It is worth to point out that re-rendering doesn’t imply necessarily any loss of data that might be contained in the ViewModel. Data are reset just when a virtual page is rendered the first time, or when it has been re-rendered because of a change of the template/javscript selected. Thus, re-rendering caused by a cadd doesn’t cause any loss of data but just a refresh of the contextual information.

The javascript code associated to any template is informed about the need to re-initialize the whole ViewModel through the _initialized boolean property that is added to each ViewModel. When the javascript code initializes a ViewModel it sets this property to true. The property is automatically re-set to false whenever the framework realizes that the ViewModel needs to be re-initialized. Below an example of usage of the _initialized property:

  1.    <script>
  2.     (function () {
  3.         @Html.JavaScriptDefine("viewModel",  new HumanResourcesViewModel())
  4.         function afterRender(nodes, vm) {
  5.             vm.updater.options({
  6.                 onUpdateComplete: function () {
  7.                     $.unblockUI();
  8.                 },
  9.                 htmlStatusMessages: function (statusCode, statusText) {
  10.                     if (statusCode == 401) return "@SiteResources.Unauthorized";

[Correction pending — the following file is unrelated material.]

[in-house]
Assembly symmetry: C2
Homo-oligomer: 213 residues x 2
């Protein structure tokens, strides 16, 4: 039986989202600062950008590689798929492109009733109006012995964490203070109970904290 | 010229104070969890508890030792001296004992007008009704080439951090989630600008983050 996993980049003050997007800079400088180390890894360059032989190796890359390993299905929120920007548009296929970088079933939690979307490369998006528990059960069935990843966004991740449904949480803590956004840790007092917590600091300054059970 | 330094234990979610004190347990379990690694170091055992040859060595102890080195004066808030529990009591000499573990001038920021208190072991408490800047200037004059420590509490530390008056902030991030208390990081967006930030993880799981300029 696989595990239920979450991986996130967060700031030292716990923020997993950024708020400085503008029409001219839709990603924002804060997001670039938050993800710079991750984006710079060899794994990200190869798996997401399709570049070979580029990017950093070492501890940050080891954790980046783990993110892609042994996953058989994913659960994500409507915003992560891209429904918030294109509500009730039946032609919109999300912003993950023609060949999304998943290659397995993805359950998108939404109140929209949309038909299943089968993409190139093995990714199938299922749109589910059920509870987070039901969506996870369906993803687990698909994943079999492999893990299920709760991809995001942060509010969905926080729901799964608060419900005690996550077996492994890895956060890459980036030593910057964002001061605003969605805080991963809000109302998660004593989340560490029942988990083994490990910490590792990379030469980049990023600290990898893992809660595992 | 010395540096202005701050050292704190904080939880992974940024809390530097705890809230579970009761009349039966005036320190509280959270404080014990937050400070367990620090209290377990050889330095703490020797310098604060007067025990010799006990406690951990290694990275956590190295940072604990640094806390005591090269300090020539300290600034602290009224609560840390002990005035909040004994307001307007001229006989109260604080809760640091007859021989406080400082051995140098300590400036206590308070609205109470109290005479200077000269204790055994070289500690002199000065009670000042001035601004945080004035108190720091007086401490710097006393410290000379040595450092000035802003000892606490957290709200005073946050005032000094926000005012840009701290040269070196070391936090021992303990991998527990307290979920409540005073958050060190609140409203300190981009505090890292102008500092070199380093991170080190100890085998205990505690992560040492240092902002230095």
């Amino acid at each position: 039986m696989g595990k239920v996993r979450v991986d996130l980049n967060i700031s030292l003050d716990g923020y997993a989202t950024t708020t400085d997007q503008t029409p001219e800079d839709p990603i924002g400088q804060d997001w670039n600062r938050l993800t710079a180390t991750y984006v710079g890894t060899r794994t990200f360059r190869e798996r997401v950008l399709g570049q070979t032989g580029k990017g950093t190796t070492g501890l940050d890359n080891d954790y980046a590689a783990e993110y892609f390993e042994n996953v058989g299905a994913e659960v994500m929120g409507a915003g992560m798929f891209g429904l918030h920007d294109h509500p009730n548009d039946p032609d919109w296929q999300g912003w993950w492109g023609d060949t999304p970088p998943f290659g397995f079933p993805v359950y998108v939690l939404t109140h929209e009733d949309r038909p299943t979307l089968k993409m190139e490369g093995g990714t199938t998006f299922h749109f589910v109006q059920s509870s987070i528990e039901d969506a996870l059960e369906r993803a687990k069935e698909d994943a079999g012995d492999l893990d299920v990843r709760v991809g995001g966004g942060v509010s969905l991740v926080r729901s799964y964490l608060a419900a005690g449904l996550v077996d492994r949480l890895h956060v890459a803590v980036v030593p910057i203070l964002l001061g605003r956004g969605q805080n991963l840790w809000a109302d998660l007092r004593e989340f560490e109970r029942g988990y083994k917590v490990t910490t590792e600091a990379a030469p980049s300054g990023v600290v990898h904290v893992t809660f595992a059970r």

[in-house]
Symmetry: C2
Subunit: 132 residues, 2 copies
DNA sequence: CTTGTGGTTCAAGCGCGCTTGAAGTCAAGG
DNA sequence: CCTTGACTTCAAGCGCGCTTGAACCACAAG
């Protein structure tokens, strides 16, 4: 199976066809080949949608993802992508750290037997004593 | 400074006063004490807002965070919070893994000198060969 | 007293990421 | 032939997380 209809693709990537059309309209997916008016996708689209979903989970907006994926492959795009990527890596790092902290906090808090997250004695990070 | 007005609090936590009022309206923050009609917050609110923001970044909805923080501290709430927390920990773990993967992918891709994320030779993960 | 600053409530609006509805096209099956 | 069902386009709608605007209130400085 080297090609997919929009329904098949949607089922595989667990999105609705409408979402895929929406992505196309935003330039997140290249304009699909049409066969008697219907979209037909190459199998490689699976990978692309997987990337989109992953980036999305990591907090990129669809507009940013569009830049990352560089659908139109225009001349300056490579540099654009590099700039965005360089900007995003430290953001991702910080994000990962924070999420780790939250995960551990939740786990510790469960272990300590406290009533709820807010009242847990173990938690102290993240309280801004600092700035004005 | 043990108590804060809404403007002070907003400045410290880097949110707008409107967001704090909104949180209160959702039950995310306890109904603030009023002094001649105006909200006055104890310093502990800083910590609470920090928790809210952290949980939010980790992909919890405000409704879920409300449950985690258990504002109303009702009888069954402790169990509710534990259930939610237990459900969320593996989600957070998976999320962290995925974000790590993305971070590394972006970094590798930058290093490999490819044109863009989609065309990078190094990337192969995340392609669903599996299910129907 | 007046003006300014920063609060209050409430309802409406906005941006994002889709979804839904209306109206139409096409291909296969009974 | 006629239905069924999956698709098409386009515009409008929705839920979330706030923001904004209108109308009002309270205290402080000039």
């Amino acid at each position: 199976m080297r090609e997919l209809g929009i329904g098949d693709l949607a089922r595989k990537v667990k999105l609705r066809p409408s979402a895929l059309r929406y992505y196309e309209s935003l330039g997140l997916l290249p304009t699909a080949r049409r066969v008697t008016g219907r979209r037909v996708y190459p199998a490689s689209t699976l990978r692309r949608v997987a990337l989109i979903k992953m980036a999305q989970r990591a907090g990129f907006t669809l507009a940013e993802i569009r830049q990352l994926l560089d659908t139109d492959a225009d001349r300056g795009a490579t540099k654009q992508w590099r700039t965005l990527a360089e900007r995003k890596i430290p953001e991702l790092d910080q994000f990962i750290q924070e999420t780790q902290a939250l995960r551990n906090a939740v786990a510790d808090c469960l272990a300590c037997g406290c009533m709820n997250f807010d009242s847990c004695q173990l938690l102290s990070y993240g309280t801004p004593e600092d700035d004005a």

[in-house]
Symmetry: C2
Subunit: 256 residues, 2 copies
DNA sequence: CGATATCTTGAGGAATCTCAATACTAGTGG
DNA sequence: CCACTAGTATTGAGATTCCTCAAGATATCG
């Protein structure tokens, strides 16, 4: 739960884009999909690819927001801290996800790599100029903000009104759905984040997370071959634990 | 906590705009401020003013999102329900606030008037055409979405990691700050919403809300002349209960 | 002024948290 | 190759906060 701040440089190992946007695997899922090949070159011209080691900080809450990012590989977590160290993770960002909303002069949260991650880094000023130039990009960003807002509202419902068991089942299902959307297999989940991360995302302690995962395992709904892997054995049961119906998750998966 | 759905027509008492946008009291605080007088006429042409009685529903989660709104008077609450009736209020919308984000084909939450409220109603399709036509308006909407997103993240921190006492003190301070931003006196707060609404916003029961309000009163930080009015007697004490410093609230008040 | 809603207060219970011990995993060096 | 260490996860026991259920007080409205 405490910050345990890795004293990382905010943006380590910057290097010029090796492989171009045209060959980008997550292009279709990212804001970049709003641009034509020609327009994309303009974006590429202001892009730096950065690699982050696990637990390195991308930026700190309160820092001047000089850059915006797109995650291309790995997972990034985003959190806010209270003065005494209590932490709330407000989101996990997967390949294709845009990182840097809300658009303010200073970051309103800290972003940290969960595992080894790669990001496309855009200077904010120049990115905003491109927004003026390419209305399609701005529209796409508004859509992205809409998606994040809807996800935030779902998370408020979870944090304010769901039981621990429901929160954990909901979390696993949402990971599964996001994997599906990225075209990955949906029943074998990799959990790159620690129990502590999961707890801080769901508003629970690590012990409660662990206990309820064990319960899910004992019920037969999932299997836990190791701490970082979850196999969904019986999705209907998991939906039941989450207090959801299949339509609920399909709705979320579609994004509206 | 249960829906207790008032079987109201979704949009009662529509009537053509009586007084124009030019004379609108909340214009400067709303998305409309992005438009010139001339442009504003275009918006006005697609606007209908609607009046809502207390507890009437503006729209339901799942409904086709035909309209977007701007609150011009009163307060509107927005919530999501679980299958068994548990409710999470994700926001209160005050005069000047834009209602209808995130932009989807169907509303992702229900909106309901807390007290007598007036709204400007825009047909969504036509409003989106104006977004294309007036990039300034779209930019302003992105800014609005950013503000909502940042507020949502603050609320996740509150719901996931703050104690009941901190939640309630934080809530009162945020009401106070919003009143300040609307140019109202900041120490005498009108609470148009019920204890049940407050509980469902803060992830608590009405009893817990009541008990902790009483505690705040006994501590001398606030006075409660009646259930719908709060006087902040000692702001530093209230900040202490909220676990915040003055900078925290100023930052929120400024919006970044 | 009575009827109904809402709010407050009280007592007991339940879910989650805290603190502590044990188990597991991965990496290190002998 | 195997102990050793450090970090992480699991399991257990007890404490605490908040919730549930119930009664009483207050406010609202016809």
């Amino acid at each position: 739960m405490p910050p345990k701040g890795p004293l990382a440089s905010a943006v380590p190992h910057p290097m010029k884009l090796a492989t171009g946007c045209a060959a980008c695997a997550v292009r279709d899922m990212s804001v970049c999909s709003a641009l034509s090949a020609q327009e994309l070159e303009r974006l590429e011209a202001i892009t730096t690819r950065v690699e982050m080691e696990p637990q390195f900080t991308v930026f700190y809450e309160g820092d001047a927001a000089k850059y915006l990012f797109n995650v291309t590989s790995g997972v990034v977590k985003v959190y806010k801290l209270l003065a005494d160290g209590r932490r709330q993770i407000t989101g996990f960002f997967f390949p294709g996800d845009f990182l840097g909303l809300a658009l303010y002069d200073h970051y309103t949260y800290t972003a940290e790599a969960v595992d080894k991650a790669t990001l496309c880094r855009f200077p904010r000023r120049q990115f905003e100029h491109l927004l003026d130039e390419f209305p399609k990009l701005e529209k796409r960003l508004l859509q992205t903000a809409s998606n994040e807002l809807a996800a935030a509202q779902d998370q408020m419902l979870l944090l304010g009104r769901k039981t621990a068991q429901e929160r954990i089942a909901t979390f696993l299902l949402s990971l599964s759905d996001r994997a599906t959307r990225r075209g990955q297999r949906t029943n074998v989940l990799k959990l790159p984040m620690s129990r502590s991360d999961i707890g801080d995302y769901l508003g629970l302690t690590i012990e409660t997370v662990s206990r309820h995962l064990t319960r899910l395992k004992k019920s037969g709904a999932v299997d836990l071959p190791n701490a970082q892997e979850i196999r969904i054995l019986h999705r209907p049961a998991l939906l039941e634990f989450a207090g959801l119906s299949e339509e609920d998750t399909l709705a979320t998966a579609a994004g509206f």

11.                     else return statusText;
  12.                 },
  13.                 updatingCallback: function () {
  14.                     $.blockUI();
  15.                     return true;
  16.                 }
  17.             });
  18.             vm._utilities.humanResourcesRM.options({
  19.                 htmlStatusMessages: function (statusCode, statusText) {
  20.                     if (statusCode == 401) return "@SiteResources.Unauthorized";
  21.                     else return statusText;
  22.                 }
  23.             });
  24.         }
  25.         mvcct.core.moduleResult(function (vm) {
  26.             if (!vm._initialized) {
  27.                 vm._initialized = true;
  28.                 vm._utilities = {};
  29.                 vm._utilities.clientSubmit = function (id, jTarget, operation) {